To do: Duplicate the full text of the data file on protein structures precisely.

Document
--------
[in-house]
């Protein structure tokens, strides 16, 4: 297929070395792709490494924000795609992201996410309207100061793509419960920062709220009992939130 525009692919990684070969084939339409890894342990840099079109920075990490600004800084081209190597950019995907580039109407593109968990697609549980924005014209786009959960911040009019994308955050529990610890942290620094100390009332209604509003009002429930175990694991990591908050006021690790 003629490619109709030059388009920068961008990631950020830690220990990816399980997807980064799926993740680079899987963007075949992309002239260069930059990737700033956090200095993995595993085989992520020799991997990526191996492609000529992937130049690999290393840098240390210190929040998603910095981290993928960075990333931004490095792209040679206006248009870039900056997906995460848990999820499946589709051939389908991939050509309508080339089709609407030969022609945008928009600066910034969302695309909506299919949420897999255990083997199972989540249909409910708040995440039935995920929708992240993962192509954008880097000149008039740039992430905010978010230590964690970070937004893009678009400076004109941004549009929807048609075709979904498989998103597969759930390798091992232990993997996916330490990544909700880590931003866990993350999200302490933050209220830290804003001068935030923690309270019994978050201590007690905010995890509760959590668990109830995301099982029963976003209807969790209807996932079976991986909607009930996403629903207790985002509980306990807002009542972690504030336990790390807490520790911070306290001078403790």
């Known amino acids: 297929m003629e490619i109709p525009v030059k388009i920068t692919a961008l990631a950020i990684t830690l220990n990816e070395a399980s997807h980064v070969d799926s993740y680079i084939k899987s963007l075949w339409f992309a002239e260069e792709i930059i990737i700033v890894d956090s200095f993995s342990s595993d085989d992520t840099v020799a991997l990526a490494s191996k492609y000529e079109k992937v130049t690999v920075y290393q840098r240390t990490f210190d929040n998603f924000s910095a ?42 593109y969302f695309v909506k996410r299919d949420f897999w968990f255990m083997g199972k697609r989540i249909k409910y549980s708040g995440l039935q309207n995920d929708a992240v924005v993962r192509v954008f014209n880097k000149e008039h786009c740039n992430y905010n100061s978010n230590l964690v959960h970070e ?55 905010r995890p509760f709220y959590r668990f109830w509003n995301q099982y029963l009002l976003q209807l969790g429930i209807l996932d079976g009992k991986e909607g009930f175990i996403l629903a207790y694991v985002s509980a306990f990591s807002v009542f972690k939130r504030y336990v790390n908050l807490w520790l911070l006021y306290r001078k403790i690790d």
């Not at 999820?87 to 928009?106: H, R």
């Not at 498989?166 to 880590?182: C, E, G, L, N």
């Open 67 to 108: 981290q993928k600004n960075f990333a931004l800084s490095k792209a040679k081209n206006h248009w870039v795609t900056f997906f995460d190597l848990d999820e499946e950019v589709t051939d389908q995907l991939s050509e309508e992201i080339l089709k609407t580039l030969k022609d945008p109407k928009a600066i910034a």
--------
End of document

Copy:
[in-house]
């Protein structure tokens, strides 16, 4: 297929070395792709490494924000795609992201996410309207100061793509419960920062709220009992939130 525009692919990684070969084939339409890894342990840099079109920075990490600004800084081209190597950019995907580039109407593109968990697609549980924005014209786009959960911040009019994308955050529990610890942290620094100390009332209604509003009002429930175990694991990591908050006021690790 003629490619109709030059388009920068961008990631950020830690220990990816399980997807980064799926993740680079899987963007075949992309002239260069930059990737700033956090200095993995595993085989992520020799991997990526191996492609000529992937130049690999290393840098240390210190929040998603910095981290993928960075990333931004490095792209040679206006248009870039900056997906995460848990999820499946589709051939389908991939050509309508080339089709609407030969022609945008928009600066910034969302695309909506299919949420897999255990083997199972989540249909409910708040995440039935995920929708992240993962192509954008880097000149008039740039992430905010978010230590964690970070937004893009678009400076004109941004549009929807048609075709979904498989998103597969759930390798091992232990993997996916330490990544909700880590931003866990993350999200302490933050209220830290804003001068935030923690309270019994978050201590007690905010995890509760959590668990109830995301099982029963976003209807969790209807996932079976991986909607009930996403629903207790985002509980306990807002009542972690504030336990790390807490520790911070306290001078403790």
């Known amino acids: 297929m003629e490619i109709p525009v030059k388009i920068t692919a961008l990631a950020i990684t830690l220990n990816e070395a399980s997807h980064v070969d799926s993740y680079i084939k899987s963007l075949w339409f992309a002239e260069e792709i930059i990737i700033v890894d956090s200095f993995s342990s595993d085989d992520t840099v020799a991997l990526a490494s191996k492609y000529e079109k992937v130049t690999v920075y290393q840098r240390t990490f210190d929040n998603f924000s910095a ?42 593109y969302f695309v909506k996410r299919d949420f897999w968990f255990m083997g199972k697609r989540i249909k409910y549980s708040g995440l039935q309207n995920d929708a992240v924005v993962r192509v954008f014209n880097k000149e008039h786009c740039n992430y905010n100061s978010n230590l964690v959960h970070e ?55 905010r995890p509760f709220y959590r668990f109830w509003n995301q099982y029963l009002l976003q209807l969790g429930i209807l996932d079976g009992k991986e909607g009930f175990i996403l629903a207790y694991v985002s509980a306990f990591s807002v009542f972690k939130r504030y336990v790390n908050l807490w520790l911070l006021y306290r001078k403790i690790d």
């Not at 999820?87 to 928009?106: H, R």
């Not at 498989?166 to 880590?182: C, E, G, L, N």
């Open 67 to 108: 981290q993928k600004n960075f990333a931004l800084s490095k792209a040679k081209n206006h248009w870039v795609t900056f997906f995460d190597l848990d999820e499946e950019v589709t051939d389908q995907l991939s050509e309508e992201i080339l089709k609407t580039l030969k022609d945008p109407k928009a600066i910034a």